Mayan priest from National Museum of Anthropology in Mexico City.
An ancient Mayan hieroglyphic script is providing details on the life of a high priest, including his blood sacrifices and acts of penance. The text consists of 260 glyphs carved into a series of seashell earrings and manta ray stingers found inside a burial urn that contained the remains of the important Maya priest.
The urn was uncovered during excavations 11 years ago in Comalcalco, in southeastern Tabasco state.
The text covers 14 years in the life of a Maya priest who lived in the eighth century A.D. It includes references to blood sacrifices and acts of penance preceding the spring solstice. Maya priests used manta ray stingers to pierce their earlobes, tongue, forehead, penis and other parts of the anatomy, in painful, bloodletting sacrifices to induce a hallucinogenic state in which they believed they could talk to their gods, INAH said.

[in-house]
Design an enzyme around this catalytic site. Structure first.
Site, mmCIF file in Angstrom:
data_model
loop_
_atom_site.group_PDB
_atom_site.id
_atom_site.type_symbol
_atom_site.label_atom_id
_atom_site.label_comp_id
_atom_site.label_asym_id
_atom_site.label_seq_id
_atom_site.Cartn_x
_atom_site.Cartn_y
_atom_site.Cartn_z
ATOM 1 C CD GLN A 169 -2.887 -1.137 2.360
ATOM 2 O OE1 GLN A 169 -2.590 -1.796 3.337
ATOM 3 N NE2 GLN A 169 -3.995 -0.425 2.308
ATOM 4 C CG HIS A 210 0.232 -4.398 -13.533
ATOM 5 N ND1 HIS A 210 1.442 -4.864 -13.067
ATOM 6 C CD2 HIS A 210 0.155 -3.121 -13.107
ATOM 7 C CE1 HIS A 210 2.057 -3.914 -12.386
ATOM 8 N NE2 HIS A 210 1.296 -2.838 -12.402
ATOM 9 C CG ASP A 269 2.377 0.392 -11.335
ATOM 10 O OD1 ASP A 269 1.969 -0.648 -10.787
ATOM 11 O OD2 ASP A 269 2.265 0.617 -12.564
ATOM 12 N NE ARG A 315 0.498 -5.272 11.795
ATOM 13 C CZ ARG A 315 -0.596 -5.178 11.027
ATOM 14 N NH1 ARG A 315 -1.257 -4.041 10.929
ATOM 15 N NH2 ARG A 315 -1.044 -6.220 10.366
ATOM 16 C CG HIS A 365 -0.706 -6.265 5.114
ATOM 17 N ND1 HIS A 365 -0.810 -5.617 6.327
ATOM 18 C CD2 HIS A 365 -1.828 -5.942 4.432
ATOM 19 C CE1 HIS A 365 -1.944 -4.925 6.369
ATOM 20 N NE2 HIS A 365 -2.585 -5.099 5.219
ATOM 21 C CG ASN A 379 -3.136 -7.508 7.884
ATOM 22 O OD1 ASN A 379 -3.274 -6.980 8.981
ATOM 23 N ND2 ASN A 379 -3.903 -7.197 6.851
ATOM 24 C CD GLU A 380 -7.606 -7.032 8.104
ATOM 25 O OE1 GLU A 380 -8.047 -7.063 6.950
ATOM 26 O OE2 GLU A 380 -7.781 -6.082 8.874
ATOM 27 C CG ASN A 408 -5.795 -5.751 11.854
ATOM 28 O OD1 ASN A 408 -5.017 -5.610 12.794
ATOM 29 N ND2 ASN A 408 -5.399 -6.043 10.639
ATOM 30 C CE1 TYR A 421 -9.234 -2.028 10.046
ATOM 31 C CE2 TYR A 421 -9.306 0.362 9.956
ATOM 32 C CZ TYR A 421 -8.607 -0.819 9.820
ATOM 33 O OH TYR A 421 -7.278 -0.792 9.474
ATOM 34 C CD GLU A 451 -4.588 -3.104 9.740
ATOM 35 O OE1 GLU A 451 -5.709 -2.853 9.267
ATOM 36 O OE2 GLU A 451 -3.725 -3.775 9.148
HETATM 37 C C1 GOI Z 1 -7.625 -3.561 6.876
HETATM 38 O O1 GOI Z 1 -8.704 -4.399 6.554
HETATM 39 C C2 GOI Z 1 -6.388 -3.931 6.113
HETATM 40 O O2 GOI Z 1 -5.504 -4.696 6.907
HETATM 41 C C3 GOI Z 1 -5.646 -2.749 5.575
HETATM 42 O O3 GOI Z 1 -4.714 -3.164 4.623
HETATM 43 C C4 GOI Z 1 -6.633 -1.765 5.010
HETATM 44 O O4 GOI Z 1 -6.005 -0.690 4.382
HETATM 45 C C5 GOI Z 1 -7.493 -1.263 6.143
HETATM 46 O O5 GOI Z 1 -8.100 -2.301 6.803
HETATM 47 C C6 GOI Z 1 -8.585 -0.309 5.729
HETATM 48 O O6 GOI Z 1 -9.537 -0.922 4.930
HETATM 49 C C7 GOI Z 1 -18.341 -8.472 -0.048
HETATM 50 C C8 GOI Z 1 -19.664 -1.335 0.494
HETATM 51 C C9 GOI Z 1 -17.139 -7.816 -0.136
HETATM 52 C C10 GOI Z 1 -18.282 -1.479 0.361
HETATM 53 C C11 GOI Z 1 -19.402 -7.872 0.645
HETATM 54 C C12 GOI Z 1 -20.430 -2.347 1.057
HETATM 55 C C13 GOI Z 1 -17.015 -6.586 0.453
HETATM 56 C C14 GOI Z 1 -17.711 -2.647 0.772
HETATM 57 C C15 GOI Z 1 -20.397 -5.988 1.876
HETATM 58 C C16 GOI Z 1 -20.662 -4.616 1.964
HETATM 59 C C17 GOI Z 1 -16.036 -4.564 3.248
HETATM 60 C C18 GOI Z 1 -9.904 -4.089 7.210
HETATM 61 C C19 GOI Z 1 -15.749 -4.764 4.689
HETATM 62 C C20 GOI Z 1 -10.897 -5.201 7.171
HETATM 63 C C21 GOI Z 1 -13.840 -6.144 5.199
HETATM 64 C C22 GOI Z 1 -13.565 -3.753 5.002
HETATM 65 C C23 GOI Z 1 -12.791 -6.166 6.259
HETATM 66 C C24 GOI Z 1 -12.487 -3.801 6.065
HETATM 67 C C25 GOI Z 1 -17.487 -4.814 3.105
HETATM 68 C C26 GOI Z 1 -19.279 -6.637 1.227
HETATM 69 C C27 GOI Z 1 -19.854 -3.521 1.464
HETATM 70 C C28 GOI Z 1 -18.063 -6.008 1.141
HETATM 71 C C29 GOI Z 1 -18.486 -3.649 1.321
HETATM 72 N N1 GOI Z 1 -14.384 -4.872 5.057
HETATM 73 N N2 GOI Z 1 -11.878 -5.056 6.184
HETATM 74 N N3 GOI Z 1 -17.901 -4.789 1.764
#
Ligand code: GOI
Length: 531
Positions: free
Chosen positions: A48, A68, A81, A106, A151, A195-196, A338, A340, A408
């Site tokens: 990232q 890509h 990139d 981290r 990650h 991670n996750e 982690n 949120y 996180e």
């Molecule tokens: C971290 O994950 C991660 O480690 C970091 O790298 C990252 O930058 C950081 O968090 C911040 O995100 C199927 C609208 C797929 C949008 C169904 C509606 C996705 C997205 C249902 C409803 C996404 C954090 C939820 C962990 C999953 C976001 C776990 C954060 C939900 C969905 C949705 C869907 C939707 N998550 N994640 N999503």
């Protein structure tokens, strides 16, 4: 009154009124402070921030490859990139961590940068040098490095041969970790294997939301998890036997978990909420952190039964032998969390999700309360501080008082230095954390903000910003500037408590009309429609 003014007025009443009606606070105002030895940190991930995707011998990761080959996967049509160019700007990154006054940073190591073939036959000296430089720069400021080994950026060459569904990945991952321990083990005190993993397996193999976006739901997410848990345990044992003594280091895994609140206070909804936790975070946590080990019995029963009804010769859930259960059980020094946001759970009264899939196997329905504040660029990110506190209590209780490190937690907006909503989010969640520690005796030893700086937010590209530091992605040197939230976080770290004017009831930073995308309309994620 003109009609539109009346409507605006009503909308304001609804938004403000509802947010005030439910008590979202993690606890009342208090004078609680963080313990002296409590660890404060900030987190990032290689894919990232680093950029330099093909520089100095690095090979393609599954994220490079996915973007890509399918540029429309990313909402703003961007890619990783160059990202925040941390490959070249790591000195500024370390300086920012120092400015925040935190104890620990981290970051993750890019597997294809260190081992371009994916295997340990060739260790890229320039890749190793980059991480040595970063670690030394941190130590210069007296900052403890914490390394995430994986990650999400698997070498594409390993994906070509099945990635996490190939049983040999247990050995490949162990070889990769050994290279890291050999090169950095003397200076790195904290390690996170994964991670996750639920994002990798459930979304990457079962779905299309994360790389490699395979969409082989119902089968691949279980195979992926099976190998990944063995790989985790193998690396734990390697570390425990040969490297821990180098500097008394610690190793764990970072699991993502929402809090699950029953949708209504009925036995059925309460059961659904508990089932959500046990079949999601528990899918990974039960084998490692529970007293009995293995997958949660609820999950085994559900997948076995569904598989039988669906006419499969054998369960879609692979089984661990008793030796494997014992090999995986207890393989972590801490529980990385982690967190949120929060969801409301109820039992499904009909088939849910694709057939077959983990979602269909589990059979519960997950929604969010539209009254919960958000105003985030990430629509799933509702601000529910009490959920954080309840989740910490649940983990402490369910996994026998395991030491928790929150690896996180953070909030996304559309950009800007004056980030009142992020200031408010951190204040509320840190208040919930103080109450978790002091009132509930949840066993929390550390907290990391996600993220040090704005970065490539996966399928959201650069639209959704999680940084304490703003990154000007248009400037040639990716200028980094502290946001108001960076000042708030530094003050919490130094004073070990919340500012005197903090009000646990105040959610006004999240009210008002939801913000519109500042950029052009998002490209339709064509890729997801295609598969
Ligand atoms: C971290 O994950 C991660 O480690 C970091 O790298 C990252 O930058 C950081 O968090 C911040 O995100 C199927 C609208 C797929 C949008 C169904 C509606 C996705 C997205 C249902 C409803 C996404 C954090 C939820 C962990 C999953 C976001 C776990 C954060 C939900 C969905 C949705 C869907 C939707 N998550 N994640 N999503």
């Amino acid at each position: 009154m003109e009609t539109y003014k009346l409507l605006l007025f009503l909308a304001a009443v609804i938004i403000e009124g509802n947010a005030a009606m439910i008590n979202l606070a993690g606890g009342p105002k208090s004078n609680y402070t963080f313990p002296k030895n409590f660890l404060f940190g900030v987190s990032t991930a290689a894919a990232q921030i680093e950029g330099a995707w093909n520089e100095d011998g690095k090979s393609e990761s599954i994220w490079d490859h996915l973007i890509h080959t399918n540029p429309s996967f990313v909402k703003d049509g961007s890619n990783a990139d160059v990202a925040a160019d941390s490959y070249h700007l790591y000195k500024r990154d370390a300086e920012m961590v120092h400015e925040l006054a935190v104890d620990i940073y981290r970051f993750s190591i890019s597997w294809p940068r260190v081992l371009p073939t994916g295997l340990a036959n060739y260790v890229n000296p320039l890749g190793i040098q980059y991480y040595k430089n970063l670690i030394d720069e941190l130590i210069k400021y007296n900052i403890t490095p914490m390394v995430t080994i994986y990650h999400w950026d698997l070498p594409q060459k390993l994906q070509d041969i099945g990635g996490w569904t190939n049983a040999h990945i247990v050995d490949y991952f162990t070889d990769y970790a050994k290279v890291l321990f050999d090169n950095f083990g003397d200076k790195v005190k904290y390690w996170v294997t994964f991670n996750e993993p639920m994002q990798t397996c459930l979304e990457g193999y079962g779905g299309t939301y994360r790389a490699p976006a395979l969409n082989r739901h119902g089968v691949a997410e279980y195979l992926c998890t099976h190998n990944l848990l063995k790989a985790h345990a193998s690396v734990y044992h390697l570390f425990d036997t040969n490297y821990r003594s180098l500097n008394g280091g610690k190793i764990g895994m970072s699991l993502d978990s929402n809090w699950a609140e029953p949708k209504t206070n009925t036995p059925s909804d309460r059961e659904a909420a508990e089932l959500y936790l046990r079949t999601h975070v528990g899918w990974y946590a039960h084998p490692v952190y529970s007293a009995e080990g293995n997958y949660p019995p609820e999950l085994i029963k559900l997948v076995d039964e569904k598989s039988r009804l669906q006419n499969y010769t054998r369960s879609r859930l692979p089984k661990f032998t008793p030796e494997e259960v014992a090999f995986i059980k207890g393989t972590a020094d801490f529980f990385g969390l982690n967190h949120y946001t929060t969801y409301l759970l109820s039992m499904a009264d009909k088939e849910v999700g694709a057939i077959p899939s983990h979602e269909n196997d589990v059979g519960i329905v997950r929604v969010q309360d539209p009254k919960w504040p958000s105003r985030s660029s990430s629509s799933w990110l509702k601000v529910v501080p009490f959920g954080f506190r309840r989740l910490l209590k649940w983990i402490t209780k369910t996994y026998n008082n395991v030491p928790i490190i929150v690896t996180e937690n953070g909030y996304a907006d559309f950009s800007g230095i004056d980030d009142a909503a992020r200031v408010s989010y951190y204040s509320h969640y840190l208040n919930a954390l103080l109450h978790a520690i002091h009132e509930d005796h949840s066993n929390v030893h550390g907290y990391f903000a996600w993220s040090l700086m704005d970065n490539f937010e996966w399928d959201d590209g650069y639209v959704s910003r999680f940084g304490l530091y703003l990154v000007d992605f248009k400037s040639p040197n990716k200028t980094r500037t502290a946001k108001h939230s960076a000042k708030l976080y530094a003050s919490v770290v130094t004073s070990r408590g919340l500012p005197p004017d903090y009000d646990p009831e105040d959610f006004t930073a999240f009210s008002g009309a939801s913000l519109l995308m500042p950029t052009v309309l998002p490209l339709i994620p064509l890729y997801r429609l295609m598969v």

One of the glyphs refers to the equivalent modern date of January 31, 771.
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